The University of Maine System trustees on Monday took a step toward allowing construction of a renewable energy source to power the University of Maine’s campus in Orono.
At a meeting in Machias, trustees approved spending up to $5.7 million to plan out the project, which includes $4.2 million for Honeywell International Inc. for design services. The remaining $1.5 million will be reserved for the university to hire independent experts, system spokesman Dan Demeritt said.
The university system has been in negotiations with Honeywell for a year, since the conglomerate won the contract.
According to Demeritt, Honeywell will now come up with a plan to determine the scope and design of the project, at which point the university system will evaluate the company’s proposal.
“They’ve won the right to be the company we’re going to work with on the project if it’s in the university’s and the taxpayer’s interest to proceed,” he said.
Honeywell’s initial projections said the project could cost between $86 million and $160 million. The work would primarily involve replacing old infrastructure, and building new biomass and solar energy production facilities.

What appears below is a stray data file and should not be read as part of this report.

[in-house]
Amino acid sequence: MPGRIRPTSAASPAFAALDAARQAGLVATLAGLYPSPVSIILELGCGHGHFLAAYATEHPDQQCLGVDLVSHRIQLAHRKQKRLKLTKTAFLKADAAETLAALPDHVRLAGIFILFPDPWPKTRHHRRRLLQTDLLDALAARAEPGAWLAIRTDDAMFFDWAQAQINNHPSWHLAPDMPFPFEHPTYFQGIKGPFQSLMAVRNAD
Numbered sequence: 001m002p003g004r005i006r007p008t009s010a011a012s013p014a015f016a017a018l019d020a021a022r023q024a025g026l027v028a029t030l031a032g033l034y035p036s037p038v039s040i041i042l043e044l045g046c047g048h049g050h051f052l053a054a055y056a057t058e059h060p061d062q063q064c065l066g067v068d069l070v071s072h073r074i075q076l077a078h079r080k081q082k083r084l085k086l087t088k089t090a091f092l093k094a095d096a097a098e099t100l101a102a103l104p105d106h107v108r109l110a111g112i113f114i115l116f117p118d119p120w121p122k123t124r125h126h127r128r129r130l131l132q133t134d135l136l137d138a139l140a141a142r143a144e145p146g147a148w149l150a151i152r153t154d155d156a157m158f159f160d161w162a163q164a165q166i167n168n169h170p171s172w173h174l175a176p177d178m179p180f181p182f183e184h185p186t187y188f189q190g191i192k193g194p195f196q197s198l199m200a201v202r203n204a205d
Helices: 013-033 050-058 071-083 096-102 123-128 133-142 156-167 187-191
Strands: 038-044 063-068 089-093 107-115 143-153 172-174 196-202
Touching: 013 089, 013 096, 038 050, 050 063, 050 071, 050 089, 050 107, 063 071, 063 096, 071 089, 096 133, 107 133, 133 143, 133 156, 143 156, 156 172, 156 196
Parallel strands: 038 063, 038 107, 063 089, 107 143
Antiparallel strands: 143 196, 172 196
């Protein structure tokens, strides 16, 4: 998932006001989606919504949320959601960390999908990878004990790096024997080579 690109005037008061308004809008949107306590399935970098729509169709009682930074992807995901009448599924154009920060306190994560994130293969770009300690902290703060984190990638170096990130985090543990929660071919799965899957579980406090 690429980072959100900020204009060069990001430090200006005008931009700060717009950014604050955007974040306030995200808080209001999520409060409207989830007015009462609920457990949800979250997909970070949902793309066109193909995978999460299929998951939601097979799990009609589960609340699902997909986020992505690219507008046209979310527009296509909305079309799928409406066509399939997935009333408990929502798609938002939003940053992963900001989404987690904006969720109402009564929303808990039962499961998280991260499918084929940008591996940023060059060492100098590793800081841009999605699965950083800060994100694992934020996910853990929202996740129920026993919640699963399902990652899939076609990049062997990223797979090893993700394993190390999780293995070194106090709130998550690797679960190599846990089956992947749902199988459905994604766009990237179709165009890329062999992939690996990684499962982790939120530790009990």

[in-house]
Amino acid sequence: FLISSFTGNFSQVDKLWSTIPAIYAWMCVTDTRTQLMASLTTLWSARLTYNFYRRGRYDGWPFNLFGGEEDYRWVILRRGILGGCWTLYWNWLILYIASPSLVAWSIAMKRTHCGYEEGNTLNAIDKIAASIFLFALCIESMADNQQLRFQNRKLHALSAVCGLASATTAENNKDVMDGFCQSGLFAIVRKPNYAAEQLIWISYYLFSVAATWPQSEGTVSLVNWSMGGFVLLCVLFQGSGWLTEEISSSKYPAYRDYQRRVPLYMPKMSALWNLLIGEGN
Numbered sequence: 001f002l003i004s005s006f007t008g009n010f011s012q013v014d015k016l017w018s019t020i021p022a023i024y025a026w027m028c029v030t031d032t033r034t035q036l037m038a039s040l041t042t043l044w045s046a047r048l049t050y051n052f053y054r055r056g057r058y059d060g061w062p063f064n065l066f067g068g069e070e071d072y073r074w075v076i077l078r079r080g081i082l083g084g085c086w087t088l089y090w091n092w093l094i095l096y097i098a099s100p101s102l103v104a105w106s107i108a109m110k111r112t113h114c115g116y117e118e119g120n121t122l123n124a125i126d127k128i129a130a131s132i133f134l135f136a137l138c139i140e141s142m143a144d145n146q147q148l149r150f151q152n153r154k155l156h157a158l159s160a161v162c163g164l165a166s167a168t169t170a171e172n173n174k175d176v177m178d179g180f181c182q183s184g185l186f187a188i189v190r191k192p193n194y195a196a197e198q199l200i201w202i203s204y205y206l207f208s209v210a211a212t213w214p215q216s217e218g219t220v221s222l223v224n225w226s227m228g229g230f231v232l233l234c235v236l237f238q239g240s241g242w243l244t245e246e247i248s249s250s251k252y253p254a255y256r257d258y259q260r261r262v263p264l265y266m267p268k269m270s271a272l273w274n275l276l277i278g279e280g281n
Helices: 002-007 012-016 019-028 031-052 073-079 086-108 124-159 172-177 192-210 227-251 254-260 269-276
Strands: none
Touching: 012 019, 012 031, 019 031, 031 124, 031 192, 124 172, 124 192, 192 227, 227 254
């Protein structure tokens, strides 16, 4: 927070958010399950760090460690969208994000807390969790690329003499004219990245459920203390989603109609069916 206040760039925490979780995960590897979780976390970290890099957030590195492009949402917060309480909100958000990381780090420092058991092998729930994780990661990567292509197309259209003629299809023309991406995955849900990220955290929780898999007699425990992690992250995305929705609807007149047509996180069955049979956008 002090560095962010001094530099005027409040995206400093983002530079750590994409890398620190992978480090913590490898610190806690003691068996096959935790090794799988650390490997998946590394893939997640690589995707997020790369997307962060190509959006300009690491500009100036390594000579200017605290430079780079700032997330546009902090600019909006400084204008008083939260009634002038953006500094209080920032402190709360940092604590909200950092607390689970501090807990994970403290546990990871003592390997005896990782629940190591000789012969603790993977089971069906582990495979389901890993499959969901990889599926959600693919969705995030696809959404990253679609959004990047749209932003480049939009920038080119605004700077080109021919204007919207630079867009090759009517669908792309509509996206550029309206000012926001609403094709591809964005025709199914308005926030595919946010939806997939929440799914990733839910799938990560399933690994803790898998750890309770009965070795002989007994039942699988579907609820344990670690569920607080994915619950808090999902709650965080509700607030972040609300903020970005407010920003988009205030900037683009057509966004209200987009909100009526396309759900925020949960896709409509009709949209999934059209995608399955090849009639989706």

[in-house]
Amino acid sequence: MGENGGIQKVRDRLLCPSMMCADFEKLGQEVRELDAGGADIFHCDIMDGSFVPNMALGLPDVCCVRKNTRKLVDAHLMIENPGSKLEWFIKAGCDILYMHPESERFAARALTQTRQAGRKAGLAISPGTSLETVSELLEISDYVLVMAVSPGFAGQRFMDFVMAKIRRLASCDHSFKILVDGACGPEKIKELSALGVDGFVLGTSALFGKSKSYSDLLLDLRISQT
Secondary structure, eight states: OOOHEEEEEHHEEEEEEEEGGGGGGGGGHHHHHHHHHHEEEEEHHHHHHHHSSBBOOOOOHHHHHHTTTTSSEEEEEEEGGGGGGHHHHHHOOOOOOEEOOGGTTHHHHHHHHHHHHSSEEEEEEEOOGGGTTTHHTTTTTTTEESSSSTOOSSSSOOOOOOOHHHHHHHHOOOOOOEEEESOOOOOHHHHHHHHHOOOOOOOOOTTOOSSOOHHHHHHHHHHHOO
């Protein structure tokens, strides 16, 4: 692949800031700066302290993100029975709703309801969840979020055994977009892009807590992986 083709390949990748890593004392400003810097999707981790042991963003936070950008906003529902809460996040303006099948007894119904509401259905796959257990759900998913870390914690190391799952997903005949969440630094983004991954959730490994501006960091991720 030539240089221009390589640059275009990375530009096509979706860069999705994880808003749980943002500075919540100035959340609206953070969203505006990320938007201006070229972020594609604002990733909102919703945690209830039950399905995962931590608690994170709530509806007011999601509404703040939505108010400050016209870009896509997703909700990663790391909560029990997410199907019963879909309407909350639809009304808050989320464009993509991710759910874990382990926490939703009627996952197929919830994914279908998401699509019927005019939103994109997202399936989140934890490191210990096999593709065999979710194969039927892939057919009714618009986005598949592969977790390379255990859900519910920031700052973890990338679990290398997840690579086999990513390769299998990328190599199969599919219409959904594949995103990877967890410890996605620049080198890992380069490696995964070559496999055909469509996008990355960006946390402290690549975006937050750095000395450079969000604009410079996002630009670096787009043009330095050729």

The university system currently envisions construction of new energy generation facilities, including a six-megawatt combined heat and power plant fueled by wood, and a six-megawatt solar plant to produce and distribute electricity.
According to documents presented to trustees at the meeting, Competitive Energy Services, an energy firm advising the university system on the project, was quoted saying that it is favorable to UMaine to proceed with the project despite reduced efficiency from the switch to green fuel, considering the advantages of reduced fuel costs and reduced greenhouse gas emissions.
Honeywell was awarded the contract in February 2018, almost two years after the university system sent out the initial solicitation notice. The system announced that Honeywell would replace its initial, choice ConEdison Solutions of New York, after the company withdrew from negotiations in January 2018.